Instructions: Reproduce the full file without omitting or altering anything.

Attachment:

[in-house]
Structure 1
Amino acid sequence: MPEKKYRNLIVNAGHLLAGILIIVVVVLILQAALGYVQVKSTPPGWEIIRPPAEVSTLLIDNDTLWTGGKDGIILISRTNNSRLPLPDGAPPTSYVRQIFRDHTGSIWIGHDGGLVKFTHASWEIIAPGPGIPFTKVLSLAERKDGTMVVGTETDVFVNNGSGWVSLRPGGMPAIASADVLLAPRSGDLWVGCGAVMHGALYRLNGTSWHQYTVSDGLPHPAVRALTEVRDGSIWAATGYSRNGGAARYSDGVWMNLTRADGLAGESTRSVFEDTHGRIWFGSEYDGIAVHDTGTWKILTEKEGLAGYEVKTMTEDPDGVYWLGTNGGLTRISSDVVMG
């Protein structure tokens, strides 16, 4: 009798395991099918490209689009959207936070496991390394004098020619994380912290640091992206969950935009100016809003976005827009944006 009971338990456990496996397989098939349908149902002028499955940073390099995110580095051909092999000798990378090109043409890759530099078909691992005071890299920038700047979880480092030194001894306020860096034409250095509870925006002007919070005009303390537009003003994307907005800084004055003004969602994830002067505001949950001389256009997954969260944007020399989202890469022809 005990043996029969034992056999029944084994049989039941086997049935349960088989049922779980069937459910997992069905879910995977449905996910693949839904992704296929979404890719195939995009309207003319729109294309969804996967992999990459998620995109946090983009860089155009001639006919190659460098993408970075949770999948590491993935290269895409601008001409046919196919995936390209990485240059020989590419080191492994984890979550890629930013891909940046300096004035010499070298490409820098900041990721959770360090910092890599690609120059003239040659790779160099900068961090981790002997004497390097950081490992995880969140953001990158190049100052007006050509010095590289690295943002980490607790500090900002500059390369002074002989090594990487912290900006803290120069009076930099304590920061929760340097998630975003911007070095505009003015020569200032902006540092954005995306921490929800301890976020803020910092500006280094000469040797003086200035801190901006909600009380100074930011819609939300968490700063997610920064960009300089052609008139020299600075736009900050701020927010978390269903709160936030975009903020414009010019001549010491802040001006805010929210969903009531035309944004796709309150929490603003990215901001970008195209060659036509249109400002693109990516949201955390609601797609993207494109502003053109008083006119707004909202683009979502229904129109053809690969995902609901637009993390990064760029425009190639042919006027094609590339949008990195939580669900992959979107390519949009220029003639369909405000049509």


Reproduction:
[in-house]
Structure 1
Amino acid sequence: MPEKKYRNLIVNAGHLLAGILIIVVVVLILQAALGYVQVKSTPPGWEIIRPPAEVSTLLIDNDTLWTGGKDGIILISRTNNSRLPLPDGAPPTSYVRQIFRDHTGSIWIGHDGGLVKFTHASWEIIAPGPGIPFTKVLSLAERKDGTMVVGTETDVFVNNGSGWVSLRPGGMPAIASADVLLAPRSGDLWVGCGAVMHGALYRLNGTSWHQYTVSDGLPHPAVRALTEVRDGSIWAATGYSRNGGAARYSDGVWMNLTRADGLAGESTRSVFEDTHGRIWFGSEYDGIAVHDTGTWKILTEKEGLAGYEVKTMTEDPDGVYWLGTNGGLTRISSDVVMG
């Protein structure tokens, strides 16, 4: 009798395991099918490209689009959207936070496991390394004098020619994380912290640091992206969950935009100016809003976005827009944006 009971338990456990496996397989098939349908149902002028499955940073390099995110580095051909092999000798990378090109043409890759530099078909691992005071890299920038700047979880480092030194001894306020860096034409250095509870925006002007919070005009303390537009003003994307907005800084004055003004969602994830002067505001949950001389256009997954969260944007020399989202890469022809 005990043996029969034992056999029944084994049989039941086997049935349960088989049922779980069937459910997992069905879910995977449905996910693949839904992704296929979404890719195939995009309207003319729109294309969804996967992999990459998620995109946090983009860089155009001639006919190659460098993408970075949770999948590491993935290269895409601008001409046919196919995936390209990485240059020989590419080191492994984890979550890629930013891909940046300096004035010499070298490409820098900041990721959770360090910092890599690609120059003239040659790779160099900068961090981790002997004497390097950081490992995880969140953001990158190049100052007006050509010095590289690295943002980490607790500090900002500059390369002074002989090594990487912290900006803290120069009076930099304590920061929760340097998630975003911007070095505009003015020569200032902006540092954005995306921490929800301890976020803020910092500006280094000469040797003086200035801190901006909600009380100074930011819609939300968490700063997610920064960009300089052609008139020299600075736009900050701020927010978390269903709160936030975009903020414009010019001549010491802040001006805010929210969903009531035309944004796709309150929490603003990215901001970008195209060659036509249109400002693109990516949201955390609601797609993207494109502003053109008083006119707004909202683009979502229904129109053809690969995902609901637009993390990064760029425009190639042919006027094609590339949008990195939580669900992959979107390519949009220029003639369909405000049509």